Most days, I type like a turtle. On a good day, I’m a Wilma Flintstone backed up by little birdies pecking away.
Today is one of those “most days” and I wanted you to know that I’m working and will have a post up soon that explains the title and a whole lot more.
So, with apologies to unowhour, cominglatersooner is the very believable unbelievable story of the disaster known as FEMA. SLABBED is pleased to provide the disaster assistance and pass along with this picture of the post-Ike assistance provided in Houston by a kind-hearted, clear-headed Home Depot.
My thanks to AFGE Local 4060 for trusting us to tell the story. Otherwise, I would have been the last to know – it seems I always am.
For example, I’ve only recently discovered that FEMA pays the legal fees when a WYO insurance company is sued by an NFIP policyholder!
Could I ever have used one of those orange buckets last night! My stomach was so unsettled after reading the Agency’s legal guide that I got little more than a wink of sleep.
Nowdy’s post on Janet Napolitano’s choices for the new FEMA Director has stirred a good bit of interest and commentary, including our newest commenter Fedresponse. I could be wrong but I think we’ve chatted enough and the many good hard working people that are FEMA first responders have read enough to understand we’re on the same page. Along those lines we’re honored to publicize a scathing report on FEMA management issued today by local 4060 of the American Federation of Government Employees, which represents FEMA staff in the DC area.
In checking local 4060 out the first thing I noted was this June, 2004 letter to Senator Hillary Clinton from local president Pleasant Mann that was featured in the indyweek.com article, “A Disaster Waiting to Happen“:
In June, Pleasant Mann, a 16-year FEMA veteran who heads the agency’s government employee union, wrote members of Congress to warn of the agency’s decay. “Over the past three-and-one-half years, FEMA has gone from being a model agency to being one where funds are being misspent, employee morale has fallen, and our nation’s emergency management capability is being eroded,” he wrote. “Our professional staff are being systematically replaced by politically connected novices and contractors.”
On August 29, 2005 that disaster did happen wih Katrina’s arrival. Brownie, in hindsight didn’t do a heckuva job and the agency took a black eye with the public. FEMA professionals and first responders alike suffered in silence despite sounding the early warning while Bushie political hacks like Michael Brown wreaked havoc both within and outside FEMA. The result is rather predictable:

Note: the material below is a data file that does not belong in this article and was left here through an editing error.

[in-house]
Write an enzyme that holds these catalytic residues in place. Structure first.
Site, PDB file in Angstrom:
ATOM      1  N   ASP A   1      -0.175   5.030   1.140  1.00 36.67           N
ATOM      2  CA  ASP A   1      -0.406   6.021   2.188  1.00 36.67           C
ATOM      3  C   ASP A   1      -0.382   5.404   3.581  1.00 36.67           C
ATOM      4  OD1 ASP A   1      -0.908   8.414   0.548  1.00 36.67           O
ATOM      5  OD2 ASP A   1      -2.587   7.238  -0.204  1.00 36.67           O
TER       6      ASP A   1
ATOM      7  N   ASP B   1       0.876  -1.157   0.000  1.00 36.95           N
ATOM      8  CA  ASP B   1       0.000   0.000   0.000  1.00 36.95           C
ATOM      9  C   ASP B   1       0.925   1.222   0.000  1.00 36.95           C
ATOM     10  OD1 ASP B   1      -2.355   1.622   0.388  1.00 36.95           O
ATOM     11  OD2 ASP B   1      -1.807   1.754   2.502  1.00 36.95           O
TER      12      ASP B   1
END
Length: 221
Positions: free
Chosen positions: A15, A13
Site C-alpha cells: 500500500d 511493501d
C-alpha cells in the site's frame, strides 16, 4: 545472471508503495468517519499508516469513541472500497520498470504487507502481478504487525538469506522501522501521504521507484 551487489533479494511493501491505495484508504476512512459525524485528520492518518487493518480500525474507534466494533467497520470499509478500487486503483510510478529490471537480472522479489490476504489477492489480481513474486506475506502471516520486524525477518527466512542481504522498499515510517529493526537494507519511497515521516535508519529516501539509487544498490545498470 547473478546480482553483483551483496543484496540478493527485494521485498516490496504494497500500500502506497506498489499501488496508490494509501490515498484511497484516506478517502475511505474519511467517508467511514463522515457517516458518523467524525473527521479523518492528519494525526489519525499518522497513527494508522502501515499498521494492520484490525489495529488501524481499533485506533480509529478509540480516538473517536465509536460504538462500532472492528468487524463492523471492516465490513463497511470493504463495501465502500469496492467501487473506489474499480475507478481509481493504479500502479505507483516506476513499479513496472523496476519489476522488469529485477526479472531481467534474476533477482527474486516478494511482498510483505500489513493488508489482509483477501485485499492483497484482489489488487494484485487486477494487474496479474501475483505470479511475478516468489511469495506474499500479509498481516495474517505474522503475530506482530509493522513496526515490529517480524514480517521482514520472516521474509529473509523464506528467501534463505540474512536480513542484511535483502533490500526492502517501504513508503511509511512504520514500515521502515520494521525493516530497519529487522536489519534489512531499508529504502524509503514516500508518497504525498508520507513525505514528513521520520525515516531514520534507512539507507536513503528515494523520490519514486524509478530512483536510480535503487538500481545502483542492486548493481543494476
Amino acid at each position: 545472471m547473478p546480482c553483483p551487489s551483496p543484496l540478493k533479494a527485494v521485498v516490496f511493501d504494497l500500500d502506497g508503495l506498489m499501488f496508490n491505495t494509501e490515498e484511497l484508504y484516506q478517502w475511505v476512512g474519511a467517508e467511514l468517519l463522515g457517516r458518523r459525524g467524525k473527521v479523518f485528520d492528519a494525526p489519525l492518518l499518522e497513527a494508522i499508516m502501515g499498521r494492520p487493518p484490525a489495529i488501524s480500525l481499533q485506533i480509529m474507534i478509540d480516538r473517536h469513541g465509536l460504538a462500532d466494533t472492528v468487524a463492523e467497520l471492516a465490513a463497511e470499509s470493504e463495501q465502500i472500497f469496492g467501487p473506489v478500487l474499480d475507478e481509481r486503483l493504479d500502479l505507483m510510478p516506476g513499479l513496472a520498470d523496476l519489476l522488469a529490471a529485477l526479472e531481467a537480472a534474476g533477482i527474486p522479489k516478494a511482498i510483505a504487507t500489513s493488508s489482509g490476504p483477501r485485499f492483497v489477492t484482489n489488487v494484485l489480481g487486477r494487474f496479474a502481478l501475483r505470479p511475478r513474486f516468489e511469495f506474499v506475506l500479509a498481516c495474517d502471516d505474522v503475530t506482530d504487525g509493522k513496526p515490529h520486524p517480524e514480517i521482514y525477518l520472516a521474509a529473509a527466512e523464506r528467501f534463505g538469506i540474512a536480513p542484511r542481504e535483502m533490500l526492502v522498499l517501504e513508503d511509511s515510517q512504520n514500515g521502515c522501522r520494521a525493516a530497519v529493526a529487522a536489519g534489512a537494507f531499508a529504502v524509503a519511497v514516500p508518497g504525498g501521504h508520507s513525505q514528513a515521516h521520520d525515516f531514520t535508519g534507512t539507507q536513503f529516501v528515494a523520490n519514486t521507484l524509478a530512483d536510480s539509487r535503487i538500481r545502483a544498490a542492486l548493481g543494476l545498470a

This is an agency still suffering from a failure in leadership, the heavy influence of political appointees, a lack of strategic direction and coordination, poor and unqualified management, over-reliance on contractors, undervaluation of employees, hostile work environments, Continue reading “Slabbed Welcomes FEMA’s Rank and File Employees”
McKinsey and Company’s own Nancy Killefer is the latest Obama adminsitration tax compliance victim closely following former senate majority leader Tom Daschle out of the beltway. Taxing Timothy Geithner got by in by a hair. Nowdy that tax thang sure must be complicated if all these highpowered folks couldn’t get it right. A good CPA might just be worth his/her weight in gold to an aspiring presidential cabinet appointee these days. People tend to forget about Zoe Baird or the debacle that became of Former Supreme Court Chief Justice Burger’s estate.
I’ll rank the transgressions in order of their seriousness from least to worst (JMPO):
Tim Geithner (Failure to pay S/E Tax on “Non employee compensation”) #3
Tom Daschle (Failure to pay income and S/E tax on his Benies) #2
Nancy Killefer (Ignoring SUTA requirements to the point of tax lein) #1
The Sun Herald has a curious editorial in today’s paper that concluded the dollar magnitude of Daschle’s mistake should automatically DQ him. Honest mistakes happen a good bit, I’ve amended many a 6 figure return with mistakes running both for and against the treasury.
Given the complexities of the tax code, the miracle is more people have not been washed out by the political vetting process through time.
Just months after Hurricane Ike whipped by Kentucky, the emergency management agency there is reporting the ice storm gripping the area is even more destructive.
Kentucky insurance carriers have taken thousands of claims as a result of this week’s ice storm, and agents said yesterday they expect to hear from more policyholders as power is restored.
State Farm, which insures 22 percent of Kentucky homeowners, expects to handle about 6,000 claims statewide.
Although damage was widespread in Louisville, State Farm spokeswoman Lisa Ripley said the worst was in the Paducah area, which didn’t have full cell phone and landline service as of yesterday.
Some of the larger insurers are setting up mobile response vehicles, and the state Department of Insurance is allowing licensed adjusters in other states to come to Kentucky to speed up the claims process.
“Once power has been restored and people are able to get out and assess the damage, we believe the number of claims will begin to rise,” said spokeswoman Ronda Sloan.
Kentucky Farm Bureau, the state’s second-largest insurer for homeowners after State Farm, already has taken about 2,000 claims, spokesman Greg Kosse said. Continue reading “The ice claims cometh! Kentucky reports more damage from ice than Ike”